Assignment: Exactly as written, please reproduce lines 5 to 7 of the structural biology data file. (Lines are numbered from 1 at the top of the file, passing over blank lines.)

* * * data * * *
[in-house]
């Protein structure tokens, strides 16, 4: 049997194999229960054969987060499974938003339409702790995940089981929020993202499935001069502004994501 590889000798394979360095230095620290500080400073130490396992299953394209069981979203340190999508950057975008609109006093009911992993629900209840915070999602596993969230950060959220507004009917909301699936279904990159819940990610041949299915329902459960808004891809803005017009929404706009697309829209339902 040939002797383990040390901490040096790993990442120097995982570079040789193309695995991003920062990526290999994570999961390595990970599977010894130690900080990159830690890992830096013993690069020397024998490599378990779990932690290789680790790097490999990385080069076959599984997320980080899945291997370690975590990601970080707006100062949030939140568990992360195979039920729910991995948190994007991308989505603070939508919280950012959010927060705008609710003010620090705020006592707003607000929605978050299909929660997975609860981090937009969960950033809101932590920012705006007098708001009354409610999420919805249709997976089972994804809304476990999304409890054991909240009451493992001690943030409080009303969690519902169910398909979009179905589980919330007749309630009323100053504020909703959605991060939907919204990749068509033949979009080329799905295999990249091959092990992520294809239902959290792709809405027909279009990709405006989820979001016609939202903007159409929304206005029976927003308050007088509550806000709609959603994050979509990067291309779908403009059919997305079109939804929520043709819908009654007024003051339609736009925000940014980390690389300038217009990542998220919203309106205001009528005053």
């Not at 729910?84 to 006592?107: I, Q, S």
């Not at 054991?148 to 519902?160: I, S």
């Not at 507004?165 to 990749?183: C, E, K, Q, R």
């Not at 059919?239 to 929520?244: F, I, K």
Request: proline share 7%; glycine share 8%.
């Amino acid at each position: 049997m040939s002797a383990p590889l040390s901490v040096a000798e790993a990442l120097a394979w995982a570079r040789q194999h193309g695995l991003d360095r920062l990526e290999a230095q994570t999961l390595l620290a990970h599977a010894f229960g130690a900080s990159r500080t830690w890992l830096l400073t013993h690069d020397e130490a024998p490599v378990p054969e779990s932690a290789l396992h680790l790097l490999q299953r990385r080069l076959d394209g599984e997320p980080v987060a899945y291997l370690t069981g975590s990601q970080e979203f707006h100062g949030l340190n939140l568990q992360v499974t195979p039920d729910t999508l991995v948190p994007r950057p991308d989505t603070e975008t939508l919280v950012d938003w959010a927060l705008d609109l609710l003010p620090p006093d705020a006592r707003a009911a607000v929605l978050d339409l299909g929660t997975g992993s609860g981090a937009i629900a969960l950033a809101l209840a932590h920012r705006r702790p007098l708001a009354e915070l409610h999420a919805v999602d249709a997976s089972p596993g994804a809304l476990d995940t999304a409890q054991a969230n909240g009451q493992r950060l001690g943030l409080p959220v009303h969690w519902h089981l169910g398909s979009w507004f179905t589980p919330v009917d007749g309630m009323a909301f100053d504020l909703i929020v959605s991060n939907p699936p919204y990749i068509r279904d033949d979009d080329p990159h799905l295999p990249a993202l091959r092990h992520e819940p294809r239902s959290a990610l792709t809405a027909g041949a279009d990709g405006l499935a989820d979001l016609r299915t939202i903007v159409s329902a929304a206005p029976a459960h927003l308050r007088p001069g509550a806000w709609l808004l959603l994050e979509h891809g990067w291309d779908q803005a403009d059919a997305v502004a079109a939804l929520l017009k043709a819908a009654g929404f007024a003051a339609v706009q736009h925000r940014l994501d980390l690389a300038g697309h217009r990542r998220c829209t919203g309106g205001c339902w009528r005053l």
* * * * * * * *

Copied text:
């Not at 507004?165 to 990749?183: C, E, K, Q, R």
């Not at 059919?239 to 929520?244: F, I, K």
Request: proline share 7%; glycine share 8%.